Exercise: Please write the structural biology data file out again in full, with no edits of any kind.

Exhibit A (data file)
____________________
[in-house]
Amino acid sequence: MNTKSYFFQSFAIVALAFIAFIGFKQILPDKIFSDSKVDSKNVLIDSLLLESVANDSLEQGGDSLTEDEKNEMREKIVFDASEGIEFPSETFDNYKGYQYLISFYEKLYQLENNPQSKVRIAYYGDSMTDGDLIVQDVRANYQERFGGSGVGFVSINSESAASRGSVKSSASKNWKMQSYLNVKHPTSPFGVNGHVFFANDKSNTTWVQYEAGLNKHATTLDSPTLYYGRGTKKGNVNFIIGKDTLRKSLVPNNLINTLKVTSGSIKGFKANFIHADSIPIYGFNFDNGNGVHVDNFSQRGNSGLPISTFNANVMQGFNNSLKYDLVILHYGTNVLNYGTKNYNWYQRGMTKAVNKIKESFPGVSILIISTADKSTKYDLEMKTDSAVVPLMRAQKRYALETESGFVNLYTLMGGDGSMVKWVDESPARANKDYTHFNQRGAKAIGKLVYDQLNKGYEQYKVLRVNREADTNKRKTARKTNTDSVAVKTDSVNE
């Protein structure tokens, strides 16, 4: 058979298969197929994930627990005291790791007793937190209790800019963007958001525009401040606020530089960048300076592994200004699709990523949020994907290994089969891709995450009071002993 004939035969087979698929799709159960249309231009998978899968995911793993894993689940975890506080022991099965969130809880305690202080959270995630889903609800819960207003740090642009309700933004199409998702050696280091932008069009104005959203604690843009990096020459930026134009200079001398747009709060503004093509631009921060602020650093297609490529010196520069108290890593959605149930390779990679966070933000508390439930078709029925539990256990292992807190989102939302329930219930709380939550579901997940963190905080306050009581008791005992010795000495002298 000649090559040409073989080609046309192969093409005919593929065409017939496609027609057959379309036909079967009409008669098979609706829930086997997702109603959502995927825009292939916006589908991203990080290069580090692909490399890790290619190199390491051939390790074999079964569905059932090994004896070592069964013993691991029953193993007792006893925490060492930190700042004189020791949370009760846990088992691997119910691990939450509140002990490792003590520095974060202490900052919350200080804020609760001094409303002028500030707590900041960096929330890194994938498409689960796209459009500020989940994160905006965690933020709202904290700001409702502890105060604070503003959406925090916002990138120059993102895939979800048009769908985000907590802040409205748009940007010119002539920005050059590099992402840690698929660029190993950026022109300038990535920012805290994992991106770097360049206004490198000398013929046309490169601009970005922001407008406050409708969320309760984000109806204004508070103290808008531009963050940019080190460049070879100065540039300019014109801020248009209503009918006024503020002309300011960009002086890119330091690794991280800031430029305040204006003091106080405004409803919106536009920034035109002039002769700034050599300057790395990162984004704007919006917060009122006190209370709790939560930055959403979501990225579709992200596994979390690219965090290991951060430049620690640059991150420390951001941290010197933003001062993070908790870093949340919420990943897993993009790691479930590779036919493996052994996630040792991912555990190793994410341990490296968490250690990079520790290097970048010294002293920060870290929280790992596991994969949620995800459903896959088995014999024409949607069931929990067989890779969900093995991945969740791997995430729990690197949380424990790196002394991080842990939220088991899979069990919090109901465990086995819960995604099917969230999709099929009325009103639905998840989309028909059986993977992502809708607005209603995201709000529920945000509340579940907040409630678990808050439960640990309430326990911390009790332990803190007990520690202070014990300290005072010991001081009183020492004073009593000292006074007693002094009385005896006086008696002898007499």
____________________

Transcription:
[in-house]
Amino acid sequence: MNTKSYFFQSFAIVALAFIAFIGFKQILPDKIFSDSKVDSKNVLIDSLLLESVANDSLEQGGDSLTEDEKNEMREKIVFDASEGIEFPSETFDNYKGYQYLISFYEKLYQLENNPQSKVRIAYYGDSMTDGDLIVQDVRANYQERFGGSGVGFVSINSESAASRGSVKSSASKNWKMQSYLNVKHPTSPFGVNGHVFFANDKSNTTWVQYEAGLNKHATTLDSPTLYYGRGTKKGNVNFIIGKDTLRKSLVPNNLINTLKVTSGSIKGFKANFIHADSIPIYGFNFDNGNGVHVDNFSQRGNSGLPISTFNANVMQGFNNSLKYDLVILHYGTNVLNYGTKNYNWYQRGMTKAVNKIKESFPGVSILIISTADKSTKYDLEMKTDSAVVPLMRAQKRYALETESGFVNLYTLMGGDGSMVKWVDESPARANKDYTHFNQRGAKAIGKLVYDQLNKGYEQYKVLRVNREADTNKRKTARKTNTDSVAVKTDSVNE
């Protein structure tokens, strides 16, 4: 058979298969197929994930627990005291790791007793937190209790800019963007958001525009401040606020530089960048300076592994200004699709990523949020994907290994089969891709995450009071002993 004939035969087979698929799709159960249309231009998978899968995911793993894993689940975890506080022991099965969130809880305690202080959270995630889903609800819960207003740090642009309700933004199409998702050696280091932008069009104005959203604690843009990096020459930026134009200079001398747009709060503004093509631009921060602020650093297609490529010196520069108290890593959605149930390779990679966070933000508390439930078709029925539990256990292992807190989102939302329930219930709380939550579901997940963190905080306050009581008791005992010795000495002298 000649090559040409073989080609046309192969093409005919593929065409017939496609027609057959379309036909079967009409008669098979609706829930086997997702109603959502995927825009292939916006589908991203990080290069580090692909490399890790290619190199390491051939390790074999079964569905059932090994004896070592069964013993691991029953193993007792006893925490060492930190700042004189020791949370009760846990088992691997119910691990939450509140002990490792003590520095974060202490900052919350200080804020609760001094409303002028500030707590900041960096929330890194994938498409689960796209459009500020989940994160905006965690933020709202904290700001409702502890105060604070503003959406925090916002990138120059993102895939979800048009769908985000907590802040409205748009940007010119002539920005050059590099992402840690698929660029190993950026022109300038990535920012805290994992991106770097360049206004490198000398013929046309490169601009970005922001407008406050409708969320309760984000109806204004508070103290808008531009963050940019080190460049070879100065540039300019014109801020248009209503009918006024503020002309300011960009002086890119330091690794991280800031430029305040204006003091106080405004409803919106536009920034035109002039002769700034050599300057790395990162984004704007919006917060009122006190209370709790939560930055959403979501990225579709992200596994979390690219965090290991951060430049620690640059991150420390951001941290010197933003001062993070908790870093949340919420990943897993993009790691479930590779036919493996052994996630040792991912555990190793994410341990490296968490250690990079520790290097970048010294002293920060870290929280790992596991994969949620995800459903896959088995014999024409949607069931929990067989890779969900093995991945969740791997995430729990690197949380424990790196002394991080842990939220088991899979069990919090109901465990086995819960995604099917969230999709099929009325009103639905998840989309028909059986993977992502809708607005209603995201709000529920945000509340579940907040409630678990808050439960640990309430326990911390009790332990803190007990520690202070014990300290005072010991001081009183020492004073009593000292006074007693002094009385005896006086008696002898007499």